Fire of (moist) leaves in slow open combustion (without chimney effect) results in cooler smoke gases that are heavier due to soot and show little buoyancy.

Physical background

The difference in density is maintained by heating on one side and normal temperature on the other side of the circuit. The resulting differential pressure is also called “driving pressure” or “effective pressure” .

The differential pressure depends on the density difference and the effective height according to the formula:

  • : effective height in m
  • : Acceleration due to gravity in m / s²
  • : Density at temperature  in kg / m³
  • : Density at temperature  in kg / m³

The pressure difference makes the air flow calculable with the speed :

Because the chimney draft / delivery pressure depends on the chimney height and the cross-sectional area of ​​the chimney, the output of a new stove should be adjusted accordingly. If the delivery pressure is too high, the emissions from the fireplace and the load on the fireplace increase. Chimney sweeps do such calculations or approvals . A draft limiter would, for example, be a remedy against excessive delivery pressure . A wind blowing over the chimney head can increase or decrease the delivery pressure.


The currents and pressures created by chimney effects and the positive feedback can be dangerous and must be taken into account when planning and constructing buildings. Tunnels and stairwells are particularly at risk here. In the fire disaster on the Kaprun 2 glacier lift , the chimney effect in the ascending tunnel intensified the fire and also caused a large number of deaths above the source of the fire due to the smoke gases. Those who fled down survived.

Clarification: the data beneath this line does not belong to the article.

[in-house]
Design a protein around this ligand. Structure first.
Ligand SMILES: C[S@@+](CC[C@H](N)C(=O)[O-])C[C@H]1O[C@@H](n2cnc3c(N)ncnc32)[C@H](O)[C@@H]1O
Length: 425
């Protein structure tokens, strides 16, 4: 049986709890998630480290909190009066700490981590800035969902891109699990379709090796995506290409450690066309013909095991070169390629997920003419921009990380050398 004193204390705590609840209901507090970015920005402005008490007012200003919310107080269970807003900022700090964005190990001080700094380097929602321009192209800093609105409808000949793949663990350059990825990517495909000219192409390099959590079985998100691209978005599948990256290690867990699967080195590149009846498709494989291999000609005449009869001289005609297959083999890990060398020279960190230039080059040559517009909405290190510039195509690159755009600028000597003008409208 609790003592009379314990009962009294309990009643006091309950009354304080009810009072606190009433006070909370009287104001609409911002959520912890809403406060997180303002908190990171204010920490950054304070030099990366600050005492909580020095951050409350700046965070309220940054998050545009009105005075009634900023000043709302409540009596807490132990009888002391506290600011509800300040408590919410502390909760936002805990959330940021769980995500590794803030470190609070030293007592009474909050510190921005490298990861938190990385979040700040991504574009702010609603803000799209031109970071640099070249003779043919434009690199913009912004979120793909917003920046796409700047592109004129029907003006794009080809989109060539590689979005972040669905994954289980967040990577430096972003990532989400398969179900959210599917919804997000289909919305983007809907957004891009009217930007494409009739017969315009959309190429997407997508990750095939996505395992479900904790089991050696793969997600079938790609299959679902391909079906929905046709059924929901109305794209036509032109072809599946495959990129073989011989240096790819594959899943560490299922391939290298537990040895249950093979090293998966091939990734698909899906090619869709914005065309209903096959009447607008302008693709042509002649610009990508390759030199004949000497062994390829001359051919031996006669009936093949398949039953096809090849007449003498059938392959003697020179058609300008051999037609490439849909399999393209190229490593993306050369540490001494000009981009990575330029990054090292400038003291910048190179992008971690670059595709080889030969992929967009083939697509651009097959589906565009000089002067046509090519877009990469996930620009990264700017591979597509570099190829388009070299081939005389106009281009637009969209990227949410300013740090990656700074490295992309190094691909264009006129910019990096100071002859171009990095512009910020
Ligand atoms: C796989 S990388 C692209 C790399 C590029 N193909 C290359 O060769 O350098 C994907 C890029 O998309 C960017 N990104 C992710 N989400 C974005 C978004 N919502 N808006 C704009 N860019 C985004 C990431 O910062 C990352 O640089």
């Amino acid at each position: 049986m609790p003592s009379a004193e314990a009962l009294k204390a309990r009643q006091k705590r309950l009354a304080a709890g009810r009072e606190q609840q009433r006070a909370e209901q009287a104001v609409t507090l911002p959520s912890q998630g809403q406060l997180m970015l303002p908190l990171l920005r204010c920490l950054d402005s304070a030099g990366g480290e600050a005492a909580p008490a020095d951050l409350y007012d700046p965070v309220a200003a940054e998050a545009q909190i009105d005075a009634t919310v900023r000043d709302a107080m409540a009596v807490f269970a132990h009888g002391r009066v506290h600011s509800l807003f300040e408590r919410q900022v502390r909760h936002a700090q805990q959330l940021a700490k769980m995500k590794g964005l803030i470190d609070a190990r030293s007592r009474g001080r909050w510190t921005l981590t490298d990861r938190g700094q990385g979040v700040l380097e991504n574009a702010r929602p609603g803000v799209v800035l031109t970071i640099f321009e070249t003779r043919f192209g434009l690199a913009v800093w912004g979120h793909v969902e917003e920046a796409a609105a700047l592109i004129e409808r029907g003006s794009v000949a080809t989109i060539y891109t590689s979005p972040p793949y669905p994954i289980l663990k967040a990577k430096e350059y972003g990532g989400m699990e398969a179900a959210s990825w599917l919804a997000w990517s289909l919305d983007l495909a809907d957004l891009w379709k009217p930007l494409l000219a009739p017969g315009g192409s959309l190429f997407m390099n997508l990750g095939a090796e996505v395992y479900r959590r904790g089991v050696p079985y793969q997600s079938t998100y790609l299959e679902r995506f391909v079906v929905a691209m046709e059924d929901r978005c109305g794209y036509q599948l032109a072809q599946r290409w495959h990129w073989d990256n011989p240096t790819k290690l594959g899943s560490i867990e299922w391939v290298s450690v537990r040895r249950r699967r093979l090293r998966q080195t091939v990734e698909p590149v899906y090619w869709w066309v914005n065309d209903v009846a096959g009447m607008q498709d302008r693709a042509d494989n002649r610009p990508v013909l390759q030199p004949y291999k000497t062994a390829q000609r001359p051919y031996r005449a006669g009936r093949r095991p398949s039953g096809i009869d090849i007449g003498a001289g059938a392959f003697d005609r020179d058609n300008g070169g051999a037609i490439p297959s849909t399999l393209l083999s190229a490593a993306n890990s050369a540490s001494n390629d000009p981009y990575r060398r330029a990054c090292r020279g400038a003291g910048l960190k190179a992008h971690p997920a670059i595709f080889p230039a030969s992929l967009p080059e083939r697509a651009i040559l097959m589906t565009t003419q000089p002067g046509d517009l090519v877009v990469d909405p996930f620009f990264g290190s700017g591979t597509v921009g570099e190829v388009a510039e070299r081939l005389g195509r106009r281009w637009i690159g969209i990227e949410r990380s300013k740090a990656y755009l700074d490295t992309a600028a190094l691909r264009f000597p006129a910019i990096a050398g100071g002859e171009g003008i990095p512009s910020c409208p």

The chimney effect is made use of in addition to the useful firing and chimneys, also in updraft power plants , in which air heated under one roof is blown up in a tower by the prevailing air pressure and thereby drives turbines , as well as in natural draft cooling towers in which the air heated by the cooling water unites without further aids Experiences buoyancy. In addition, this process takes place on all heated surfaces such as radiators, cooling fins (of motors or electrical components), house facades, etc., if the geometric shape and the proportions resemble a chimney. In a case of wind power station air is cooled at the top of the chimney pipe, after which the air moves downward and the air flow drives a turbine wheel.

Chimneys use the chimney effect to fire up charcoal faster.

The effect has been used in house building for a long time; traditional Arab houses, for example, are cooled in this way. The Persian wind tower Bādgir has used the chimney effect to ventilate and cool buildings for centuries.


  • Frieder Kircher, Rainer Sonntag: Die Roten Hefte, Issue 25 - Preventive Fire Protection . 1st edition. Kohlhammer, Stuttgart 2014, ISBN 978-3-17-016996-8 .

Individual evidence

  1. ^ Herbert Sigloch: Technical fluid mechanics. ISBN 3642030890 p. 48 ( limited preview in Google Book Search).
  2. FVLR, Issue 10 [1] , accessed January 31, 2017
  3. Thomas Lechner: "Traditional Arab houses, for example, the chimney effect has been cooling from sixty degrees Celsius ambient temperature to forty degrees for thousands of years.", In: Roland Wengenmayer: Cool head on the 41st floor , in: Frankfurter Allgemeine Sonntagszeitung July 11, 2010. ( online) (PDF; 495 kB).